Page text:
SURAT THANI – The Asian Forum for Human Rights and Development a Human rights group in Thailand is calling on the Thai government to provide greater protections after the slaying of another land rights activist in southern Thailand.
Sixty-five year-old local land rights campaigner Chai Bunthonglek was gunned down by an assailant who came to his house last week in the early evening, shooting him several times before fleeing on a motorbike.
Chai died almost instantly, making him what Thai rights groups say is the fourth land rights activist killed in southern Thailand since May 2014. The others killed include a lawyer representing landless farmers, a protest leader against a mining operation, and an organizer calling for legal investigations into a palm oil plantation.
Rights advocate Angkhana Neelapaichit, whose husband, a lawyer, was kidnapped and disappeared in 2004, says the killing of Chai in the southern province of Surat Thani follows a familiar pattern of advocates being threatened or killed over issues of land access or natural resources.
“I’m really sad because it happens again and again and we have no mechanism to protect and especially with it happening in the quite remote area. Surat Thani is not far but (killings) happens when the people try to protect the natural resources,” said Neelapaichit.
Angkhana says there is a climate of fear within the community, with people less likely to speak out in the future.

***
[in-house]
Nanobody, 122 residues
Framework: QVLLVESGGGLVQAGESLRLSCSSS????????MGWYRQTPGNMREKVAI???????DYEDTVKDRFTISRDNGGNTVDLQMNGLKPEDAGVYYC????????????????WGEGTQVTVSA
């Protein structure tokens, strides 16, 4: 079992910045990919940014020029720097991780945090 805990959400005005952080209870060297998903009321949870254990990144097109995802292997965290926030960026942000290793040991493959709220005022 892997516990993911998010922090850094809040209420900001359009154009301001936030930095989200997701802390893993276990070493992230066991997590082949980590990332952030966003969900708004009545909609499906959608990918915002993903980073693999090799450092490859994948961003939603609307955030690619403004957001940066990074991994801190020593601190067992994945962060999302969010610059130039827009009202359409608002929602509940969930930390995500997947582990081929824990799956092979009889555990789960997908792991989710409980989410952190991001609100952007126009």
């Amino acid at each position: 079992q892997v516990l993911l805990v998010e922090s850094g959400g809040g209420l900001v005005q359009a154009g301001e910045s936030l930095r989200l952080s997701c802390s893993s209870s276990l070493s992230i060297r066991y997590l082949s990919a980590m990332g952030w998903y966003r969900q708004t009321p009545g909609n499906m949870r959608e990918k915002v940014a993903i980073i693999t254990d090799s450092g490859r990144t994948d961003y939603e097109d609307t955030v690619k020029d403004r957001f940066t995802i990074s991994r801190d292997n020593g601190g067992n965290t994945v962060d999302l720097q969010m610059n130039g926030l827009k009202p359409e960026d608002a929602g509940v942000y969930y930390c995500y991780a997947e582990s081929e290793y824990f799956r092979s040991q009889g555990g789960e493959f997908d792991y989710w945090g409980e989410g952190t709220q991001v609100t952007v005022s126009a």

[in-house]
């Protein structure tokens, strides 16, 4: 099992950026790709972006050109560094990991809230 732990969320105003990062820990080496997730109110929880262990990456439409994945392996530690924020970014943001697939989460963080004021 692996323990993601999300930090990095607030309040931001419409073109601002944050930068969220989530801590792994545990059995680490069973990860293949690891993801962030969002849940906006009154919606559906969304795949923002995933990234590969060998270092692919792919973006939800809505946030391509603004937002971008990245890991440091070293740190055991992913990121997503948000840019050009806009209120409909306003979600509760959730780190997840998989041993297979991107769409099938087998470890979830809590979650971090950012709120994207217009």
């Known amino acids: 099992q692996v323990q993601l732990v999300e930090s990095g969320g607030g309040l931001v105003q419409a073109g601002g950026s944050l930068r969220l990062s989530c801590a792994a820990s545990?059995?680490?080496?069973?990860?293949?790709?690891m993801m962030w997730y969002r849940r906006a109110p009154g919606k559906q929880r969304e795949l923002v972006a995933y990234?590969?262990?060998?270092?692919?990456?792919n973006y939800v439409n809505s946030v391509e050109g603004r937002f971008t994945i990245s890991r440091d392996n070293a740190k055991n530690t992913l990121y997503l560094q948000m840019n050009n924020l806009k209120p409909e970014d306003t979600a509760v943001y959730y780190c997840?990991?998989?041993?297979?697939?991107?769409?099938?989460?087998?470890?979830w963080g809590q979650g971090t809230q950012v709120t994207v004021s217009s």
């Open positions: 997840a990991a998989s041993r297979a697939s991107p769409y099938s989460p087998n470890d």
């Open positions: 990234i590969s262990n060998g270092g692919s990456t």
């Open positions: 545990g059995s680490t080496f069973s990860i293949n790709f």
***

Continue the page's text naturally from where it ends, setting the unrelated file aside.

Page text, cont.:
In Chai’s Khlong Sai Pattana community in Surat Thai province alone, there have been four land rights activists killed since 2010.
The conflict involves a palm oil company that had leasehold access to the community’s land. But the entitlement ended under the former government of Prime Minister Abhisit Vejjajiva, which more than four years ago backed the community’s right to live on their homeland.
The killings began in 2010 with the murder of a local activist. This was followed in 2012 with the gunning down of two women from the Southern Peasants Federation of Thailand in broad daylight as they made their way to a local market.
The New York based Human Rights Watch has accused successive Thai governments of failing to prevent and respond to attacks against local activists.
The Asian Forum for Human Rights and Development said there has been a disturbing deterioration in the security of human rights defenders in Thailand, especially those working on land rights.
Asia Forum’s East Asia Program Officer, Pimsiri Petchnarob, said the killing further highlights the climate of impunity.
“The company or people who murdered human rights defenders they know even if they commit this kind of serious crime against land rights activists but they would be able to get away with it,” said Petchnarob. “The government and police must bring the perpetrators to justice and to see that we are not going to tolerate the impunity – that’s why it happens continuously.”
The United Nations Human Rights Office for South East Asia called on the Thai government to promptly investigate Chai’s murder and improve security measures for members of the community.
Rights groups say that in Thailand since 2001 more than 30 human rights advocates and conservationists have been killed with police charging suspects in fewer than 20 per cent of the cases.